A 3 acre walled and sheltered traditional country garden, well known for its naturalised bulbs, special snowdrops, a sea of wild crocus, hellebores, perennials in harmonious colours, punctuated by box balls. Loved by old and young, there are swings and a treehouse. Many seats, with views for miles to the south, increasing wildlife and butterflies. In 2017 a visitor said 'a heavenly garden'.
Good butterflies in early July. A great place to relax.
Sunday 18 February, Monday 19 February, Sunday 25 February, Monday 26 February (2 - 4.30pm). Admission £4.00, children free.
Sunday 15, Monday 16 April, Sunday 6, Monday 7, Sunday 20 May (2 - 5.30pm). Admission £5.00, children free.
Home-made teas in the village hall.
Refreshments in aid of Crawley Village Hall Trust (except for group visits).
Visitors also welcome by arrangement February to July with home-made teas in the garden. Admission £6.00, children free.
This garden also opens as part of Crawley Gardens on Friday 30 March, Monday 2 April.
Mrs A R Elkington
How to find us
Little Court, Crawley, Winchester, Hampshire, SO21 2PU
5m NW of Winchester. Between B3049 (Winchester - Stockbridge) & A272 (Winchester - Andover) 400yds from either pond or church.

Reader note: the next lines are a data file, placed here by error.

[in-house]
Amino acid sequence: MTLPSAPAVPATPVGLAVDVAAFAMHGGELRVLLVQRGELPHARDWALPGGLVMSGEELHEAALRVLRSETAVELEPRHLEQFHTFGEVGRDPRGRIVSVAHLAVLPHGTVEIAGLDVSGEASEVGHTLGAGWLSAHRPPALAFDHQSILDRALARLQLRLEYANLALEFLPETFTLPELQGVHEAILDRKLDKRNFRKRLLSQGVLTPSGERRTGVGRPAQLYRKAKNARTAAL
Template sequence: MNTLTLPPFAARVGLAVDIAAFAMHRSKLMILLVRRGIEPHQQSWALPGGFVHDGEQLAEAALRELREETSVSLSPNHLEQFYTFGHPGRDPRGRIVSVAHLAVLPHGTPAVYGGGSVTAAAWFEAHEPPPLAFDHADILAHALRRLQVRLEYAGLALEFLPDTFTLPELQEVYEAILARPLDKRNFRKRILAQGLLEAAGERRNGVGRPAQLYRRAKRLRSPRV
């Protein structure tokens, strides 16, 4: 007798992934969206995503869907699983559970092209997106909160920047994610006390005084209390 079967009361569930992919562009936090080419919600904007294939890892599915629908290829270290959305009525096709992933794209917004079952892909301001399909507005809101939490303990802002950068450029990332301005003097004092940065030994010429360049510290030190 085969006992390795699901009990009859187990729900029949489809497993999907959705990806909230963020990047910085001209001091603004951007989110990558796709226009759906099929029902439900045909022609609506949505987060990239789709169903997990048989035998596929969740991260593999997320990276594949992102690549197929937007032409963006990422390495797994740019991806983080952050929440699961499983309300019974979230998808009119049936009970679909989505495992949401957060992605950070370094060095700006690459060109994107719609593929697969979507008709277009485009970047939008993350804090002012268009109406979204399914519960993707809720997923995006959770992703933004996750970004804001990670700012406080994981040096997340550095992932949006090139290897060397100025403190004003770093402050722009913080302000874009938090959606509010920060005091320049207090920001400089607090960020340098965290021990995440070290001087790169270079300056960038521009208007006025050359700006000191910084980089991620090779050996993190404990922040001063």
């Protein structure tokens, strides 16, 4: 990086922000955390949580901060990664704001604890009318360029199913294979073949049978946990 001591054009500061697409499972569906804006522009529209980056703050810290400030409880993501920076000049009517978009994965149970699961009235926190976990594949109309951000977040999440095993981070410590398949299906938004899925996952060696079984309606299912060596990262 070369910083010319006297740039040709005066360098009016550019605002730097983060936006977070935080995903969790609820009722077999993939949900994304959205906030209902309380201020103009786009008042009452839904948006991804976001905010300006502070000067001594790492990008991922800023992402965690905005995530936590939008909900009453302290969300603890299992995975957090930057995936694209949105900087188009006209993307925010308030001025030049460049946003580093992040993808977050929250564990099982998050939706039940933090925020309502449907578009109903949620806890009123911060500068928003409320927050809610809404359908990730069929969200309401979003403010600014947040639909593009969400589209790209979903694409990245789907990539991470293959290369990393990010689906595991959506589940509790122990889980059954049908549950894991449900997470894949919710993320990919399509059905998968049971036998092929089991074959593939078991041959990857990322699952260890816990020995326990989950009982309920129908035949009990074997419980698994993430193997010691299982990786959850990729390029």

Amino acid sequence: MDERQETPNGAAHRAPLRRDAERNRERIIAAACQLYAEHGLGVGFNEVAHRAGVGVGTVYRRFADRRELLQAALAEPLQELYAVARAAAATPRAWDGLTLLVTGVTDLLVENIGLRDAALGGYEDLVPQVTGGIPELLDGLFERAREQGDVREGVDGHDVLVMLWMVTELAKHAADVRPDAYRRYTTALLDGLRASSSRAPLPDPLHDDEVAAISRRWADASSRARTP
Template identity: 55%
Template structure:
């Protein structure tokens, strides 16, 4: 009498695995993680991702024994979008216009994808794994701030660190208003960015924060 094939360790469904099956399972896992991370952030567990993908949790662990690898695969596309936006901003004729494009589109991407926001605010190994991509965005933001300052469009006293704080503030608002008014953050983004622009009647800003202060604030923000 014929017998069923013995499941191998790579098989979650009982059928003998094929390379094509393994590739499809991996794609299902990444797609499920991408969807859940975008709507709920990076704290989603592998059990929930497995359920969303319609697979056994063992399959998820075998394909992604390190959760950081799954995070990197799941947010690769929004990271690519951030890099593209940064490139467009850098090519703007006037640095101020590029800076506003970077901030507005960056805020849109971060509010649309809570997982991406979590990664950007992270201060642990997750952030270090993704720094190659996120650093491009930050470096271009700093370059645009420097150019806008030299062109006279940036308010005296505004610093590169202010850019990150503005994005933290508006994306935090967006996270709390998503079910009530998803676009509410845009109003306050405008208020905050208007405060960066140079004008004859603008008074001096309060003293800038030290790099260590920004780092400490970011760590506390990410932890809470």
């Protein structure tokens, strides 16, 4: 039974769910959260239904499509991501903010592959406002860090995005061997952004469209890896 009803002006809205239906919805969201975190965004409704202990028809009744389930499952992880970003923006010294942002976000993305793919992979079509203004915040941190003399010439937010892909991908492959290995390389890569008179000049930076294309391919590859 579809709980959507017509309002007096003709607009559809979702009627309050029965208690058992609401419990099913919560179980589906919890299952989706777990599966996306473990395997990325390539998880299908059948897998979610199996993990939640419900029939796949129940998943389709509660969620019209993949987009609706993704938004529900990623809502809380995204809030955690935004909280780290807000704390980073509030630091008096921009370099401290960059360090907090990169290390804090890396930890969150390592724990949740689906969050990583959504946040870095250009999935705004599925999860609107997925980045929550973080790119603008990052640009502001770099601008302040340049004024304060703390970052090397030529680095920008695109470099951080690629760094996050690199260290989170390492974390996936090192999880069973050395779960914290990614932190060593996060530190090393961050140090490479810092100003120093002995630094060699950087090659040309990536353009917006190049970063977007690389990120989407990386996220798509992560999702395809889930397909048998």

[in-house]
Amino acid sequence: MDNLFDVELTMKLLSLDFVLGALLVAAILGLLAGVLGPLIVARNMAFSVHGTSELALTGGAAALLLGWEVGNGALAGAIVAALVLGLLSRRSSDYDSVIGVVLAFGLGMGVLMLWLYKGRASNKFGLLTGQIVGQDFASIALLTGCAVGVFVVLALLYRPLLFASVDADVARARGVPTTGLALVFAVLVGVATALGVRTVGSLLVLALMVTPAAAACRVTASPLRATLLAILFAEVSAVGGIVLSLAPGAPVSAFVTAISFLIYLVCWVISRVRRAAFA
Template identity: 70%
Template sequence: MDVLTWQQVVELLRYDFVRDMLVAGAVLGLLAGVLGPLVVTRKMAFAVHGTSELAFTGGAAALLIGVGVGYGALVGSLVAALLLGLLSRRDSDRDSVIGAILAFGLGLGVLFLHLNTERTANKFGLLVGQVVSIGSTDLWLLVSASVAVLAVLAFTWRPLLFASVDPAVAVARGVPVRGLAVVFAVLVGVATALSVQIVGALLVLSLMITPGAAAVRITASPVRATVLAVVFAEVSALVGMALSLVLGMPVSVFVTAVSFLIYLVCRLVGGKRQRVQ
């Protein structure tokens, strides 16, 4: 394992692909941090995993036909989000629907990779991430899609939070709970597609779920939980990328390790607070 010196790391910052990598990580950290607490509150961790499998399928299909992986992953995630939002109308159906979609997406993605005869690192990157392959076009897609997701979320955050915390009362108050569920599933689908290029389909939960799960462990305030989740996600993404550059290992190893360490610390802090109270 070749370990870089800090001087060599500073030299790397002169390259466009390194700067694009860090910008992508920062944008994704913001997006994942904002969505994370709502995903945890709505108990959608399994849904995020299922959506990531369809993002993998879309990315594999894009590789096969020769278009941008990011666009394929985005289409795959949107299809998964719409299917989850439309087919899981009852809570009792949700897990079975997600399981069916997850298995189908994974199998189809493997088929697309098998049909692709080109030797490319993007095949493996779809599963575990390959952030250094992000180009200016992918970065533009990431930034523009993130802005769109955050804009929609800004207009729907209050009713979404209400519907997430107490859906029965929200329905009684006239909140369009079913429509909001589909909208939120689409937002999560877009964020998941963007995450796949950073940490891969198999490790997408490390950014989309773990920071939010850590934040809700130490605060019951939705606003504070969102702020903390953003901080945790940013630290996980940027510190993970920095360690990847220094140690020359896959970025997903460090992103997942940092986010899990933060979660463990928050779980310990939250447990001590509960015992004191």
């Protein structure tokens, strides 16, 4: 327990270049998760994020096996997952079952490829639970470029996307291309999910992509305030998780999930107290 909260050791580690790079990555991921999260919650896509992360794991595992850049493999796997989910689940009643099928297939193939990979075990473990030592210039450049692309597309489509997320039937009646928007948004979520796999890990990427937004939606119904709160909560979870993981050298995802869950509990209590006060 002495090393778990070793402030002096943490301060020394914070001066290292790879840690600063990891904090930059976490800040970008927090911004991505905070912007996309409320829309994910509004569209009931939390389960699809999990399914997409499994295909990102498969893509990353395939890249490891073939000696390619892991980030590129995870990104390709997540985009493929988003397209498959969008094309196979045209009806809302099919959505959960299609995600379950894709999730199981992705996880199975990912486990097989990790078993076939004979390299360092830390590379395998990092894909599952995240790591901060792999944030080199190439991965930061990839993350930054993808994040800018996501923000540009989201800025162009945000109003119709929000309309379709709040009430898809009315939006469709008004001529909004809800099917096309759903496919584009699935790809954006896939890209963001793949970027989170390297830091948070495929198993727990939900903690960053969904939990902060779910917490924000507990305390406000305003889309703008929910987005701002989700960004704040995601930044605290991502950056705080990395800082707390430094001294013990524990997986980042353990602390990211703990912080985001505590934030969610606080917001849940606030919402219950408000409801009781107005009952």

More about Little Court
This 3 acre garden dates from the C18. In the Victorian apple orchard, thousands of scented crocus tommasinianus have naturalised, giving an unforgettable spectacle in February, weather permitting. These are followed by Narcissi 'White Lady', then snakes-head Fritillaries, finally Tulip sprengerii in late May.There are seven contrasting sections divided by flint walls
The grass paths link one part to another evoking a different character
After the bulbs are over there are many herbaceous plants and climbers on the walls also an immaculate lawn. Further from the house the garden becomes less formal, and naturalistic. In the small copse, there is woodland planting. has a view many square miles across undulating countryside. There are wild flowers which increase each year. Returning past a close mown roundel of cowslips in May. Finally, there is a traditional walled kitchen garden with vegetables and fruit, and free range bantams
The garden is a paradise for children, with various swings and paths to explore and treehouse and an I-Spy quiz. It is also a favourite with artists and photographers, and has appeared in many books and magazines. Plants grown in the garden are for sale.
At the end is an unspoilt panoramic view to the South, to Cheesefoot Head and Farley Mount, towards rolling Hampshire downland. Visitors love the tranquil atmosphere of the garden which has been open for NGS since 1984.
Featured in many magazines over the years